• Corn is extremely prone to frost damage; do not plant until the temperature of the soil is at minimum 60 degrees degrees Fahrenheit (16 degrees Celsius), or 65 degrees Fahrenheit (18 degrees Celsius) for super-sweet types. In the spring, this occurs typically two to three weeks after the final frost. Due to the fact that maize requires a lengthy growing season that is free of frost, it is essential to sow early. Check out the typical occurrences of frost as well as our planting schedule for corn depending on the dates of the last frost. (Keep in mind that these dates are just a guide and represent the average or typical situation).
  • If you reside in a region where the growing season is shorter, select an initial kind that will reach maturity prior to the first frost in the fall.
  • In addition, a ground cover made of black plastic can be used to warm the soil in areas with lower average temperatures. Seeds should be planted through small holes in the cover.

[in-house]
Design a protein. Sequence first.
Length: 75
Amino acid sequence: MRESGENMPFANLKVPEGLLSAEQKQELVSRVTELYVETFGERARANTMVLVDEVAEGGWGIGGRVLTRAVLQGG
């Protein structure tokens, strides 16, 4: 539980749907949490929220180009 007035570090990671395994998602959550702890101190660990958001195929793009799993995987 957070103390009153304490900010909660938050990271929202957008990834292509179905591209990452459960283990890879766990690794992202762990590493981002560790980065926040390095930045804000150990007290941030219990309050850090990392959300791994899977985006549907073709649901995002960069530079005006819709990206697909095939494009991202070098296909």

• Plant a second cycle of corn a few weeks after you’ve already put in the first batch in order to lengthen the time between harvests.

How to Prepare and Plant

  • To hasten the process of germination, wet the seeds, then cover them in wet paper towels and keep them in a sack for a full day.
  • Instead of planting the seeds in a single continuous row, plant them about 112 to 2 inches thick and 2-4 inches apart and in short rows that are side-by-side to form a block.
  • A block with a reasonable number of plants, say 10 to 50, is what we propose for adequate pollination.
  • You may decide to treat your corn at the time of planting with a 10-10-10 fertiliser because maize is designed to develop quickly. This stage can be bypassed if you are convinced that the soil possesses the necessary qualities.
  • Before planting, be sure to provide plenty of water.

Growing Sweet Corn

how to grow sweet corn

  • After the young maize plants reach a height of approximately 4 inches, it is time to thin them out so that they are spaced at a distance of between 12 and 18 inches for short types and between 18 and 24 inches for tall varieties.
  • When pulling weeds around the plants, exercise extreme caution so as not to damage the corn’s roots.